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I'm about twenty years from retirement and I haven't given TIAA traditional much thought. I figured that it would be something that I would switch my money into only once I retired and set up my distribution plan from TIAA.<P>

However, I just read a very interesting post over on Bonds & Fixed Income Investments board: http://boards.fool.com/Message.asp?mid=23969138&sort=whole <P>

The relevant part is quoted below. Loki now has me thinking that I should be considering TIAA traditional in my 403b account for the Bond/Fixed Income portion of my asset allocation strategy. However, I'm confused about what TIAA traditional really is. Is there a benefit to beginning to drip money in now as opposed to waiting until near retirement? How are the interest rates deterimined? Does money that is in there longer get preferential treatment?<P>

Confused and Dazed,
Ken

I'm lucky enough to have TIAA-Traditional as an option, and it's great for the regular retirement portion. But for Supplemental, which is increasingly where the money goes, since they raised the limits, TIAA-Traditonal pays 75 basis points less (it's been as much as 150 basis points). There's a reason for this: with the regular portion, you can't take the money out until a drip during retirement, while for Supplemental you can switch the money around, so they use shorter maturities for Supplemental. I can't match the regular TIAA Traditional on my own with a Treasury ladder, but I can beat Supplemental by about 50 basis points, and probably beat the yield on their bond fund by 25 basis points (given the expense ratio). Speaking of expense ratios, I can see no reason why these retirement plans are defined as annuities, when all you are doing is putting money into a fund, and they charge at least an extra .25% expense ratio for the same thing as you would get in a taxable account, and that's TIAA-Cref, one of the good guys.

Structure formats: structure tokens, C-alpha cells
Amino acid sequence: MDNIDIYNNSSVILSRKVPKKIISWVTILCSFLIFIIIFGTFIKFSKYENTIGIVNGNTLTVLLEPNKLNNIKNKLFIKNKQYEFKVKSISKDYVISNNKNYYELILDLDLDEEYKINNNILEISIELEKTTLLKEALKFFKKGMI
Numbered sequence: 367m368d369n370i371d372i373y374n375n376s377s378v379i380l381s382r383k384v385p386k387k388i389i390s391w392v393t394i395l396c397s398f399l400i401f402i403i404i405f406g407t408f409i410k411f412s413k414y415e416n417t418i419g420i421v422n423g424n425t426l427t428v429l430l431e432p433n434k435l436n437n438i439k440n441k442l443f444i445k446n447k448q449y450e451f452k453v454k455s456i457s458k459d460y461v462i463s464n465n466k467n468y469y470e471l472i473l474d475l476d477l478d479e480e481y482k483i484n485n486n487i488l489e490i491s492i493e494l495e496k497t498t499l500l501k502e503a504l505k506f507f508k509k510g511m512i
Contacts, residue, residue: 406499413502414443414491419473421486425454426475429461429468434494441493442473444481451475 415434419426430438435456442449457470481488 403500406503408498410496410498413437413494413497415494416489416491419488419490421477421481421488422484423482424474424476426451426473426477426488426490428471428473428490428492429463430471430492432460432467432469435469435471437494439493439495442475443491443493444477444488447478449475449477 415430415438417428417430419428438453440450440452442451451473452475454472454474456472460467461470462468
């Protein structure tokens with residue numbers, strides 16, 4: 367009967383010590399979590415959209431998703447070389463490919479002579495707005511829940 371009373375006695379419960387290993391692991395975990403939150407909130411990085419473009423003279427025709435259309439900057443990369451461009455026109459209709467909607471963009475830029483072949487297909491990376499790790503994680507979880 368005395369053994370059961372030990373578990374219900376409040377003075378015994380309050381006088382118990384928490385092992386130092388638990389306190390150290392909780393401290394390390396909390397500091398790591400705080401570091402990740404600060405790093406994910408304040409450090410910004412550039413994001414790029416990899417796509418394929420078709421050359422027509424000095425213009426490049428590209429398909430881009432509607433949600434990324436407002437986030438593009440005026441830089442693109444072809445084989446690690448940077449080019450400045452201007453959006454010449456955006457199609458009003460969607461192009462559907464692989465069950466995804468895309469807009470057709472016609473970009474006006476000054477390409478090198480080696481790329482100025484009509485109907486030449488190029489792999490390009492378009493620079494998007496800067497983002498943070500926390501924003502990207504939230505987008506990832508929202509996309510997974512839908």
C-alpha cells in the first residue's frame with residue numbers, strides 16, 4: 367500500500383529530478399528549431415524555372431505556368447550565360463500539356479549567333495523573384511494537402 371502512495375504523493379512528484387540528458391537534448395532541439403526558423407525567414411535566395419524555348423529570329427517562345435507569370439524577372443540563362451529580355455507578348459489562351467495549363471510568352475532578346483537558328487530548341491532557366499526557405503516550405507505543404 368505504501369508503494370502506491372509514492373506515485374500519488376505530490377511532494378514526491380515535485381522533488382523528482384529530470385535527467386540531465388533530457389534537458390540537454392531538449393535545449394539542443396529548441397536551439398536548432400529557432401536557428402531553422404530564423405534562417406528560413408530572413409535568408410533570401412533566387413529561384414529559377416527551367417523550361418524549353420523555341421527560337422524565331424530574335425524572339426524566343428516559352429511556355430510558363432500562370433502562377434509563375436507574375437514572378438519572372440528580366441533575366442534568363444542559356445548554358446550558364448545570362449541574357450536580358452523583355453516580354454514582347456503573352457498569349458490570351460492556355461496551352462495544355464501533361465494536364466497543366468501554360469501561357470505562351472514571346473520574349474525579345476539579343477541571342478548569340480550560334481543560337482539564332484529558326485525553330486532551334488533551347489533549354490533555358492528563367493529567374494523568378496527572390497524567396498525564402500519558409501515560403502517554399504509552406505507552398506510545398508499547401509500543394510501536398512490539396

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Hi Ken,

Got your message. Need to get one of those anonymous email accounts so I feel more comfortable just replying, or else just reply to people, like you, I know are safe.

Anyway, probably better for general consumption.

I haven't yet figured out (or tried to) how TIAA-Traditional does its payouts after you start taking money out. It may be different for the regular retirement, where you are restricted as to how much a year, and Supplemental which I believe is unrestricted. During your accumulation phase, once you stick money into TIAA-Traditional in the regular retirement account, you can't move it out. In Supplemental, you can use TIAA-Traditional like a money market or stock or bond fund and move in and out at will. I presume that is why it consistently has a much lower interest rate (as I recall anywhere from .5% to 1.5%) than the regular retirement TIAA-Traditional. It seems to correlate with the yield curve, so when short rates were very, very low, the differential was high, since the yield curve was steep and long rates much higher. I'm guessing, because people can move money around, the Supplemental version uses mostly short term instruments.